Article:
Make sure your children know what you expect them to accomplish each day and the quality of work required. Homeschooling consistently also means being consistent in our expectations. Here’s how we do it:
- We set up rhythms and routines to our day and the kids know when lessons happen, when we do chores, etc.
- For older kids who can work independently, I make sure the kids know what is on their daily and looping list of tasks each day, and they are responsible for working through them diligently.
- If someone has been trying to avoid their work, they get extra supervision (doing all their work at the table, checking in after each subject, etc.)
- Our goal is to finish all work by a certain time of day. For those who have finished there is a reward (free time, a short video, etc.)
5) Teach diligence – Do the next thing!
When Dory the forgetful fish is swimming in the ocean of overwhelm, she has a mantra. Just keep swimming. It’s another way of saying “do the next thing!” These short phrases are incredibly powerful for homeschooling moms as well. In every moment, you can choose to keep going. Move on to the next thing, and the next thing, and then the next thing.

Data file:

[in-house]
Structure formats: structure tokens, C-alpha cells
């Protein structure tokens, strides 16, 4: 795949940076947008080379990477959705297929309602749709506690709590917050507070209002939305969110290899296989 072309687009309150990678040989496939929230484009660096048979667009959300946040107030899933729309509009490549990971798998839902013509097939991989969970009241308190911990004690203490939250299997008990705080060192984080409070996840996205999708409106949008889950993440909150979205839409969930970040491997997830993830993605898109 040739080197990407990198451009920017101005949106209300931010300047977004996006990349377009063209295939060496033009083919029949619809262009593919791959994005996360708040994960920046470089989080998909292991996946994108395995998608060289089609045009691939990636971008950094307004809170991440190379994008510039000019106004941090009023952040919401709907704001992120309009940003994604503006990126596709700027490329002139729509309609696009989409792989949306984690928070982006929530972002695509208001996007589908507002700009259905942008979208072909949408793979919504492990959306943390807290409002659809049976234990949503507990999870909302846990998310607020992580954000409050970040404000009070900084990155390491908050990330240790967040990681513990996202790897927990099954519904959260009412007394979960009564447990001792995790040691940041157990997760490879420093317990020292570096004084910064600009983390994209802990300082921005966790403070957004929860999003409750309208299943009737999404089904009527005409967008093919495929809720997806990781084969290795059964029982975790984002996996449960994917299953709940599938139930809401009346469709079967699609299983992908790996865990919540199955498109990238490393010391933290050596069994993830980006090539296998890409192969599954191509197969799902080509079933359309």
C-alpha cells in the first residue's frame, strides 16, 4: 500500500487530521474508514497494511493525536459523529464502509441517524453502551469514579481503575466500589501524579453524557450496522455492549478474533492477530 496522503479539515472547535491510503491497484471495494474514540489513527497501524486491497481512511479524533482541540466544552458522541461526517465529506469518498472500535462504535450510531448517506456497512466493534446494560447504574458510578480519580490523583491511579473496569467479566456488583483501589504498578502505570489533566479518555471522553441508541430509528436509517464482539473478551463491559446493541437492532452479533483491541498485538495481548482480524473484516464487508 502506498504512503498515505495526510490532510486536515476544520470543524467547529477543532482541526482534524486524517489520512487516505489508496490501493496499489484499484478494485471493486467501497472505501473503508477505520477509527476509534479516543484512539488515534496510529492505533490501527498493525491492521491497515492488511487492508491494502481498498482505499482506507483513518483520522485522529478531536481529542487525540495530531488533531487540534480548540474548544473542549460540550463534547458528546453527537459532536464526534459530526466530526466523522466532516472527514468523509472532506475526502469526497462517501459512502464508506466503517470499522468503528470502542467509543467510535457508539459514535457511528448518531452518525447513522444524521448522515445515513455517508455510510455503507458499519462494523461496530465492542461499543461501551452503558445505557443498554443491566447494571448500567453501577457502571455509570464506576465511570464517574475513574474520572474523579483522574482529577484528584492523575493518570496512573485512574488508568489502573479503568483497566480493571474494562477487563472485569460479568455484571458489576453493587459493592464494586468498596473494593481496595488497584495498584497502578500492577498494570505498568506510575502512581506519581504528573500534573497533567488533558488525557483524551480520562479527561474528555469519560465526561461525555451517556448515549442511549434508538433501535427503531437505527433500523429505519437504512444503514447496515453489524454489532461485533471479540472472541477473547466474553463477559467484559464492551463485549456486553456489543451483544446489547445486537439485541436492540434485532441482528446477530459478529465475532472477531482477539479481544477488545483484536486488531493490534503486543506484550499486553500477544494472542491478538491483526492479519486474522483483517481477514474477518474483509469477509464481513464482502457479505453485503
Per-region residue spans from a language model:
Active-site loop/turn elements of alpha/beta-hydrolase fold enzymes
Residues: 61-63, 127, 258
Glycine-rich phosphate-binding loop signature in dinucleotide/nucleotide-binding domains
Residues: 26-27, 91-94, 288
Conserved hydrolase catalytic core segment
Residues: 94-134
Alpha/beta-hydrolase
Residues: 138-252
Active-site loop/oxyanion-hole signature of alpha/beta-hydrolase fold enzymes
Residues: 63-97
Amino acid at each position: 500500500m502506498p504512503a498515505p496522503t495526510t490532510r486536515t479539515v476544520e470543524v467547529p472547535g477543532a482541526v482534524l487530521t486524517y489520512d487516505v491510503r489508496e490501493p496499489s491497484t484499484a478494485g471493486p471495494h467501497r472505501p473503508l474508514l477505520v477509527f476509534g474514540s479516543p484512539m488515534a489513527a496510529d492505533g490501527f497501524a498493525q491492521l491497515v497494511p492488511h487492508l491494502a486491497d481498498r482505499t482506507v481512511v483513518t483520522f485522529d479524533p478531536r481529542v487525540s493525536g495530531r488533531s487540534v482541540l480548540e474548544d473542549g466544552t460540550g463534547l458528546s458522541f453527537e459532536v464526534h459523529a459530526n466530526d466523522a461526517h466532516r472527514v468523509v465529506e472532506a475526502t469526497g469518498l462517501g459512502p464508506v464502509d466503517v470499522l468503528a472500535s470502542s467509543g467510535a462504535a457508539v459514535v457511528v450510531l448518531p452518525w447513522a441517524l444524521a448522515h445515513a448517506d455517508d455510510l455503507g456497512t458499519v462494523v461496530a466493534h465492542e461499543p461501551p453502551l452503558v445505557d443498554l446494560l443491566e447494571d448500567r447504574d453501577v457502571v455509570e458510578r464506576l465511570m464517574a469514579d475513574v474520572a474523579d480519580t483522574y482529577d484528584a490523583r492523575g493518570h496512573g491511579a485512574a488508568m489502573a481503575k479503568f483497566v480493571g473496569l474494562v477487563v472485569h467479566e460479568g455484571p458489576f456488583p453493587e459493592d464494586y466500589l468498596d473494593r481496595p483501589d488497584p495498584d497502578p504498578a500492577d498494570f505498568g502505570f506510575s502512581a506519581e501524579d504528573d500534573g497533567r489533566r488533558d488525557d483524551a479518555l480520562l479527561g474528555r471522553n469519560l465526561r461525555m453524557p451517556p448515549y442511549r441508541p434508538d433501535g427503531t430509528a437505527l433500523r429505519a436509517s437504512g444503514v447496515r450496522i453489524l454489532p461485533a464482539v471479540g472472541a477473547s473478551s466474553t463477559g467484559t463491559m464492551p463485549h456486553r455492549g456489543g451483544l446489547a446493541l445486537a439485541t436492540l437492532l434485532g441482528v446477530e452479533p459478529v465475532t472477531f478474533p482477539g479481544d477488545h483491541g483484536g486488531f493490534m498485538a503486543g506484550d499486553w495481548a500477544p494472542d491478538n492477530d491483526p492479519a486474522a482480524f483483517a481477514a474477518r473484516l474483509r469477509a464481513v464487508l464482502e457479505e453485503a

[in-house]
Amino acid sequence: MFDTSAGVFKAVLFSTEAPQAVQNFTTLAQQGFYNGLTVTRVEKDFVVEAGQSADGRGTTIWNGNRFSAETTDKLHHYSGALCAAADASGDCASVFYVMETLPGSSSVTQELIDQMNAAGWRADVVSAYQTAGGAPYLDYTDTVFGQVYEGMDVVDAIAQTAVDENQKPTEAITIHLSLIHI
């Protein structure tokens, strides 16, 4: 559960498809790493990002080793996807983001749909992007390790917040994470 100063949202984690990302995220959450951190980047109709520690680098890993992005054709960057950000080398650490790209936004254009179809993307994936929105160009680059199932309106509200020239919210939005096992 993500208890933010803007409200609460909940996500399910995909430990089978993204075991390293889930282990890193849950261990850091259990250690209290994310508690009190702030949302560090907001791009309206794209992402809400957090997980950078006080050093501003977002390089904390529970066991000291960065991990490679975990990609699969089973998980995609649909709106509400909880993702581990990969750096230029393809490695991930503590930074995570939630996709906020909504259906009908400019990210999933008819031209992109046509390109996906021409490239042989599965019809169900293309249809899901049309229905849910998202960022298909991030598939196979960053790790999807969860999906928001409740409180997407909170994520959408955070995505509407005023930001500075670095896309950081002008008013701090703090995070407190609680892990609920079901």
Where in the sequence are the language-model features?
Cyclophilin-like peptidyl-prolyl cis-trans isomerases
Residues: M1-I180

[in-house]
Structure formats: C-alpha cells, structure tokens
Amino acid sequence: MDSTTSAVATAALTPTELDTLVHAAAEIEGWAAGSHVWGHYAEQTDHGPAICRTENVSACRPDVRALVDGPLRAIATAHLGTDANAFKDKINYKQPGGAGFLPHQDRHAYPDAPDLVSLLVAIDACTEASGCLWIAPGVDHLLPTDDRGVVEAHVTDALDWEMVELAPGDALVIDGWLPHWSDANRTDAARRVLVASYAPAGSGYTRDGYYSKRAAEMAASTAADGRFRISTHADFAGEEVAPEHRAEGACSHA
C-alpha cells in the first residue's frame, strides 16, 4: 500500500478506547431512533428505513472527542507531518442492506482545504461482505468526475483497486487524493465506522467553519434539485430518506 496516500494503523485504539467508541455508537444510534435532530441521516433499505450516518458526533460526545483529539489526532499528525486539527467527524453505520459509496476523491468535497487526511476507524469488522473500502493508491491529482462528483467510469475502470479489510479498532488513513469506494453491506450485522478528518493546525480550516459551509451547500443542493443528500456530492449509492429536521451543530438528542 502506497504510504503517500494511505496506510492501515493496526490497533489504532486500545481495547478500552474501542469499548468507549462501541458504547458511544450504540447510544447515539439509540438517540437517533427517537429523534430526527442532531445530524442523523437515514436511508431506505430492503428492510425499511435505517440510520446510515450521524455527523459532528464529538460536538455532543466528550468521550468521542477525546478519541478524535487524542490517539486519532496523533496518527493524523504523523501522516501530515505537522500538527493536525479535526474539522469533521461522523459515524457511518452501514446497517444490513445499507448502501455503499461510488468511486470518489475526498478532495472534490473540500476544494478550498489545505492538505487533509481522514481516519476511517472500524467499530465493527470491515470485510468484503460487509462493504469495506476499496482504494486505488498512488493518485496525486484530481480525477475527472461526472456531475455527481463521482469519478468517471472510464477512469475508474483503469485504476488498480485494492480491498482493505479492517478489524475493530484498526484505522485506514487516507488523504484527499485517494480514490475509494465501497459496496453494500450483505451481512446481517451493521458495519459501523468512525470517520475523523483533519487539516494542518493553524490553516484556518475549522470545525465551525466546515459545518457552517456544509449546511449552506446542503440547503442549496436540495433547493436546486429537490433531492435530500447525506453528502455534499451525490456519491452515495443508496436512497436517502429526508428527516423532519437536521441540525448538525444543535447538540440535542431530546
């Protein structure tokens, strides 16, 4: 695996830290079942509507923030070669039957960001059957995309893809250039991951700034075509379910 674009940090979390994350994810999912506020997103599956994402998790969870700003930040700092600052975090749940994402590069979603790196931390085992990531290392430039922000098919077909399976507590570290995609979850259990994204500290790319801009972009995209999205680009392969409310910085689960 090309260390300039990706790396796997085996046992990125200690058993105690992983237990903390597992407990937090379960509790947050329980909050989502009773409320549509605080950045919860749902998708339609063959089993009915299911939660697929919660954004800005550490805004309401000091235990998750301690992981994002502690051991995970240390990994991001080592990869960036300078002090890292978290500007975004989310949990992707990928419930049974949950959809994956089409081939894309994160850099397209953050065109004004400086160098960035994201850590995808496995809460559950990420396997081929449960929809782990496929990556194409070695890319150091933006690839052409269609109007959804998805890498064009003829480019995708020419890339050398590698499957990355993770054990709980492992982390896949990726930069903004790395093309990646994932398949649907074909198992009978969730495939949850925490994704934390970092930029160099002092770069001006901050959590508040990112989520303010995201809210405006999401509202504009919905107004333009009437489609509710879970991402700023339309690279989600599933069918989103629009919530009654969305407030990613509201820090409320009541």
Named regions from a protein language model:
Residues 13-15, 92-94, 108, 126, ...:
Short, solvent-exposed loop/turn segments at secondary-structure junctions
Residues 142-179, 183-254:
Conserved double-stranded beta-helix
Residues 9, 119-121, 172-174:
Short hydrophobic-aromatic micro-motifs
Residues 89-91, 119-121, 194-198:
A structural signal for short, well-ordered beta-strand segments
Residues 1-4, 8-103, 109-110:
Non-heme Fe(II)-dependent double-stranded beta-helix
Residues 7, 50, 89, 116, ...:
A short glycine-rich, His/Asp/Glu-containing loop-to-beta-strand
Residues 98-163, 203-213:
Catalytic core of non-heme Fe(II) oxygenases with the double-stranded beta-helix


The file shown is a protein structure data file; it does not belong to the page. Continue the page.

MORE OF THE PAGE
Teach your kids this same approach. Work breaks into your daily routines, obviously, but teaching your kids to do the next thing will keep you all moving forward and help them with the habit of diligence. This isn’t only true for lessons, but for personal habits as well.
Our younger kids use a simple loop schedule and our older ones use the Student Work and Habit Tracker. It helps them build a habit of doing the next thing for their school work as well as habits like cleaning their room, hygiene, practicing piano, personal devotions, and so on.
6) Build good habits and routines by anchoring.
Having good routines is essential for homeschooling consistently. It can be a challenge to accomplish, however. I’ve found that it’s much more successful and sustainable if moms work on building a routine from the ground up instead of trying to fit their family into someone else’s schedule or routine.
How do you build up your own routine? Through anchoring! The idea is that you choose one activity you’d like to do (such as a read aloud time) and choose a “rock” in your day that you can anchor it to. Rocks are things that your family already does most days anyway, and so anchoring a new activity to it means your’e more likely to make it a habit.